The sum of the atomic weights of the atoms that make up the molecule. In simple terms, water has a molecular weight (MW) of 18. H2O is (Hydrogen X 2 X At. Wt. of 1 = 2) + (Oxygen X At. Wt. of 16) = 18

As with other classification attempts on humic substances, the area of molecular weight measurement also shows a degree of variance in results depending on the type of extraction, origin of material and degree and method of purification of the samples. One of the most feasible methods designed to determine the molecular weights of humic materials is gel filtration, in which the humic molecules are divided into respective fractions based on size. Similar results can be obtained by utilizing ultrafiltration or ultracentrifugation methods.
Effect of extraction on molecular weight – This type of research has resulted in valuable

information regarding the effect of various extractions used in the industry. The standard sodium hydroxide or potassium hydroxide chemicals used by many companies producing humic acid products, results in the highest molecular weight fractions and the most impurities in the final product in comparison to other extraction procedures. There are even a few papers comparing the effect of sodium and potassium hydroxide on soft lignite deposits in which up to 85% of the carbon was extracted. In molecular weight comparisons, potassium hydroxide at the proper concentrations did result in the widest range in molecular sizes. However, prolonged storage at high pH levels did result in a decrease of low molecular weight humic compounds.
Extraction & processing procedures – Regarding extraction procedures, companies that process coal derived humic acids, are often concerned about the percentage of material extracted from the source. Although it is more economically feasible to have a high extraction percentage, it is more important to extract the most bioactive molecules then the greatest volume.

Furthermore, in the scientific analysis of humic materials, scientists are interested in extraction procedures that extract the highest percentage of the humic in the sample without damaging its original structure. In agriculture, we cannot possibly supply soil HUMUS by applying humic materials, (not only in structure, but also in volume), so the focus must be on extracting valuable, reactive “chemicals” that produce beneficial results when applied to soils and crops.
Conclusion: Humic acids should be extracted for the PURPOSE they are to be used for,

and NOT the “percentage” in the product. The FORM (size, C : O ratio, etc.) should be the primary objective of extraction and processing procedures.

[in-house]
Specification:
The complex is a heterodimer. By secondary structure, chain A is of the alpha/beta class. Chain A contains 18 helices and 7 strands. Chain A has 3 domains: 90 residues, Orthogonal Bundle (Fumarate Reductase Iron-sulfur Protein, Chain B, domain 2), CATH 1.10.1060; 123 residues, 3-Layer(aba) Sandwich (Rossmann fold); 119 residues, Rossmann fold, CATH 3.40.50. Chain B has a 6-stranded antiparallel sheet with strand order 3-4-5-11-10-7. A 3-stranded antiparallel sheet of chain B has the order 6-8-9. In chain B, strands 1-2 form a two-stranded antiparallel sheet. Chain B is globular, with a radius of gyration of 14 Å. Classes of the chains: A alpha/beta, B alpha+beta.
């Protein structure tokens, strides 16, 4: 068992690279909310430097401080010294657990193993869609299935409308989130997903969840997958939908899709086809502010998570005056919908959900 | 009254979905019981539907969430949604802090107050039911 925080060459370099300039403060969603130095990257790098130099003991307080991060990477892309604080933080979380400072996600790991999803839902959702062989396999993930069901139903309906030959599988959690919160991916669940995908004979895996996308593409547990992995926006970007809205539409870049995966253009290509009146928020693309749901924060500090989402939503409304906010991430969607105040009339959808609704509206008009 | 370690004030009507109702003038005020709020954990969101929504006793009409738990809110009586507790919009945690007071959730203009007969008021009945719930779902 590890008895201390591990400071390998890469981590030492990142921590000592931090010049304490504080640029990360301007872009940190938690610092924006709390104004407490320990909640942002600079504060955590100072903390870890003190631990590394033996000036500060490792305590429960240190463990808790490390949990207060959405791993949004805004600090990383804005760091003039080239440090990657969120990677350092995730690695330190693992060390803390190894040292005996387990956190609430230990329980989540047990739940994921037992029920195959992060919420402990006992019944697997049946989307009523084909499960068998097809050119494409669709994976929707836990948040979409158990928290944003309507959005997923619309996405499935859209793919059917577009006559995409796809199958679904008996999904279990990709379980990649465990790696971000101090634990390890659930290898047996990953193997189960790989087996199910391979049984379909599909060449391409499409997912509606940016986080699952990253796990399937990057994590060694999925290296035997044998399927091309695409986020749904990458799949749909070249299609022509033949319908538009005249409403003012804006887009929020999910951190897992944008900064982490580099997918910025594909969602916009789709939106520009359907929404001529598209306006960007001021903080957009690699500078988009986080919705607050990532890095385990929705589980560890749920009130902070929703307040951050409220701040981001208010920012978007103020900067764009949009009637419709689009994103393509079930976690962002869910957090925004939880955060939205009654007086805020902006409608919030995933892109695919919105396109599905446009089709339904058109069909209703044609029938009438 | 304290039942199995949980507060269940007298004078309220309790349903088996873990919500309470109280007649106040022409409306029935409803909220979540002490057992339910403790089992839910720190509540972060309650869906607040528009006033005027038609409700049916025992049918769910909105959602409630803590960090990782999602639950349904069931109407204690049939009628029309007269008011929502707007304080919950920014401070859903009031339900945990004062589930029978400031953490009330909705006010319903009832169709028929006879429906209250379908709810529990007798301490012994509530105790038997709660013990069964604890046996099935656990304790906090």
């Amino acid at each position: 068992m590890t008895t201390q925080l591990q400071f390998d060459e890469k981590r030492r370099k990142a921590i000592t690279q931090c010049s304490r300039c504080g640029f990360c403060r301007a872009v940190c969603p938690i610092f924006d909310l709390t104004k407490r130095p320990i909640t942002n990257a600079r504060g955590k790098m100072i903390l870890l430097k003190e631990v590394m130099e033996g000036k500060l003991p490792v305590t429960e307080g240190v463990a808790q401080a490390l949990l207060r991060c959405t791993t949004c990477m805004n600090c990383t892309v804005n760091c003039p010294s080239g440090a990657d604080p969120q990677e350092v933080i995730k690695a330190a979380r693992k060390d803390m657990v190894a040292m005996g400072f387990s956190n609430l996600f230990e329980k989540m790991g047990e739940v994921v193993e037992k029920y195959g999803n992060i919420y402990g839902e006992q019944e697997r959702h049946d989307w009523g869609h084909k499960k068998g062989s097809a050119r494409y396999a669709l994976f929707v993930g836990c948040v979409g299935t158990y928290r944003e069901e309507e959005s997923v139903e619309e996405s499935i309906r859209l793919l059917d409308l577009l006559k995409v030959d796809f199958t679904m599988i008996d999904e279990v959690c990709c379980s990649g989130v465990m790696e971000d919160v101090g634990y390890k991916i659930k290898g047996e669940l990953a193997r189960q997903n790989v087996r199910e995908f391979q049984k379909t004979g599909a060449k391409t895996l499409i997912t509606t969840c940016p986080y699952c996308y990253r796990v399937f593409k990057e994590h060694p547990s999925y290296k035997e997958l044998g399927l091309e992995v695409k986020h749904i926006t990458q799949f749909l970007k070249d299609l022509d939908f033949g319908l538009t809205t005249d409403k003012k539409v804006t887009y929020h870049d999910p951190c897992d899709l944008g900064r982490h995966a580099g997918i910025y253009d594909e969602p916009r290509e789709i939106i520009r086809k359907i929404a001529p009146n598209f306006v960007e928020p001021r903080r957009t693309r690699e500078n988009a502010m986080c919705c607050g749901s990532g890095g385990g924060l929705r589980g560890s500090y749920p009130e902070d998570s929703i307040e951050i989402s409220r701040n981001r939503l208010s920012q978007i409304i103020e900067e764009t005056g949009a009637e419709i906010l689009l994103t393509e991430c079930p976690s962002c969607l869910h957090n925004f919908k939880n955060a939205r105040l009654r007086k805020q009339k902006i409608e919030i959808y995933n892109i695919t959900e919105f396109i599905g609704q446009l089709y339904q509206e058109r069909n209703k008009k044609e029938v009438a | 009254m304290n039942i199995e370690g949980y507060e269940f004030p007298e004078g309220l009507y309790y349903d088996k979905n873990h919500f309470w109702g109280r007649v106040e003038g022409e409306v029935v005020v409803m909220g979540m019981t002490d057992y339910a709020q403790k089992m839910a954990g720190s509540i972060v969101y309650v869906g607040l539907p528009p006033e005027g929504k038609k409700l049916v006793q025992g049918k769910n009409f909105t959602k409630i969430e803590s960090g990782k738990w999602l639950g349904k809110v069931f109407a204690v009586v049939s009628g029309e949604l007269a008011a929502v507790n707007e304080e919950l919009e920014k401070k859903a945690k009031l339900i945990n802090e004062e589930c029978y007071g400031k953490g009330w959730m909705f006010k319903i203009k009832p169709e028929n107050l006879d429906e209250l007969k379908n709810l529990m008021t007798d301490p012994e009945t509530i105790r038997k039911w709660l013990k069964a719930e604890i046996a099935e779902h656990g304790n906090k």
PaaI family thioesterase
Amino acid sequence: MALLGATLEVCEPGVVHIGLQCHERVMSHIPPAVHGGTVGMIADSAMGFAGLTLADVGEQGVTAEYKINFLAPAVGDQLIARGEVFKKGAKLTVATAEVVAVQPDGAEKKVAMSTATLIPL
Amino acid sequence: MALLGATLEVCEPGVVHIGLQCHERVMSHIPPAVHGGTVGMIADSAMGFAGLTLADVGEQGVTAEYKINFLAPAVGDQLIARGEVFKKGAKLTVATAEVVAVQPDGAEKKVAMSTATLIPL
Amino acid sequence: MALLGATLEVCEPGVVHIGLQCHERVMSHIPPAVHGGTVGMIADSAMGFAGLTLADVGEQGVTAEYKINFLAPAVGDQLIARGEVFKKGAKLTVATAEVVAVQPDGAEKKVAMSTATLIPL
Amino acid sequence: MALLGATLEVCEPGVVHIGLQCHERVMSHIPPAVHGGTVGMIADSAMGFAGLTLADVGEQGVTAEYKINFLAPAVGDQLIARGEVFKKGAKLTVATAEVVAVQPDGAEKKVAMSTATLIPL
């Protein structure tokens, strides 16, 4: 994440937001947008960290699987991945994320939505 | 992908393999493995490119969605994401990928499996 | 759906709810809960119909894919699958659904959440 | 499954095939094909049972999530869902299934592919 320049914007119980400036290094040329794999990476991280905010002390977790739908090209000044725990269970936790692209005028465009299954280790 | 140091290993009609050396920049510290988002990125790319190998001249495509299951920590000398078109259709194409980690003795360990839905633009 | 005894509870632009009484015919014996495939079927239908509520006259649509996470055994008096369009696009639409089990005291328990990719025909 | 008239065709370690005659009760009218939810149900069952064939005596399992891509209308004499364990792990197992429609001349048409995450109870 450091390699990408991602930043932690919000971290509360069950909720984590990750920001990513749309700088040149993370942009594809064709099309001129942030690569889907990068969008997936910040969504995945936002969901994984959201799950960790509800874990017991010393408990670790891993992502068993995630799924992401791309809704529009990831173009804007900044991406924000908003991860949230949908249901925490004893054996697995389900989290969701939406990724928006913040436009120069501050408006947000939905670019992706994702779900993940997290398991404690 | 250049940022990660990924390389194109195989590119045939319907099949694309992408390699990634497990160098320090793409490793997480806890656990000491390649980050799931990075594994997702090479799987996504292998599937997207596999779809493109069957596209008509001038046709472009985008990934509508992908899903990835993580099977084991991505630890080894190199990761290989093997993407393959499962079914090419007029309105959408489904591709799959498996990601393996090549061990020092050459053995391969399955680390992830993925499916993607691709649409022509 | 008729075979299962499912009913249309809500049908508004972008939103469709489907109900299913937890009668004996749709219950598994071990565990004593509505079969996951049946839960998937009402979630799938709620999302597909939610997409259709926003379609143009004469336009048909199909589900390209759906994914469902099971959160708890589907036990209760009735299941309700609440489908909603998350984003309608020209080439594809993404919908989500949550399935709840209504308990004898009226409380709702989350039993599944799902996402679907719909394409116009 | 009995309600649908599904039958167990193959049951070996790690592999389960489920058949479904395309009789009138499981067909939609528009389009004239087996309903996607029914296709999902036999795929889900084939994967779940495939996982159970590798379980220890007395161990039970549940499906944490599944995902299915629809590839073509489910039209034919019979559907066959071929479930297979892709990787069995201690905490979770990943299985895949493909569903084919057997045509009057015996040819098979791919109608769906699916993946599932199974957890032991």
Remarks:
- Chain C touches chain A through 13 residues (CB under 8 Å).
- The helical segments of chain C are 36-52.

Biological Activity – Research comparing concentrations and molecular size of humic

substances, reveals the activity of the lower molecular weight fraction of humic acids. To some researchers, these low molecular weight fractions are considered the "aromatic" Page 3

Bio-Gro’s Complete Fertility System – Humic Acids core of the humic molecule. For example, the effect of humic acid on the elongation of pea root segments was consistent at low concentrations and inhibitory at higher concentrations.5 This can indicate that it is not the concentration (percentage) of humic acid content in a product that is important, but the presence of low molecular, biologically active cores.6 Controlled studies of the effect of humic acids on enzyme activity in aseptic conditions (no microbial action), demonstrates that humic acids with a molecular weight of less than 50,000 have the most positive effect in low concentrations.7 In other studies, the humic/fulvic mixtures that had a molecular weight of less than 10,000 had a much greater effect on plant growth than those with a molecular weight of 10,000 to 100,000.8 Fulvic acid is a lower molecular weight than the humic acid fraction. It is estimated that fulvic acid ranges from 300 to 10,000, while humic acids are found in sizes from <5,000 to over a million. Of importance to agriculture, it is estimated that the average molecular weight of humic solutions extracted progressively increases from water to soil to peat to lignite coal.9

A “Picture” of a Humic Acid Molecule
Many debate the actual structure of these molecules, however, one commonly acceptable hypothetical structure is presented as follows:4

However, before one assumes that this is actually a “picture” of a humic acid molecule, let us do some calculations. The approximate molecular weight of the above pictured compound (excluding potential “R”) is less than1,800. This would mean that the above picture is more representative of a fulvic acid molecule. Some in the humic acids industry try to peddle this structure as a humic molecule; however, one would have to “paste” a great number of this “pictured” compound together to get a true view of a large humic acid molecule. Especially molecules extracted from lignite or leonardite.

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Bio-Gro’s Complete Fertility System – Humic Acids

Humic Acids – Soil Humus?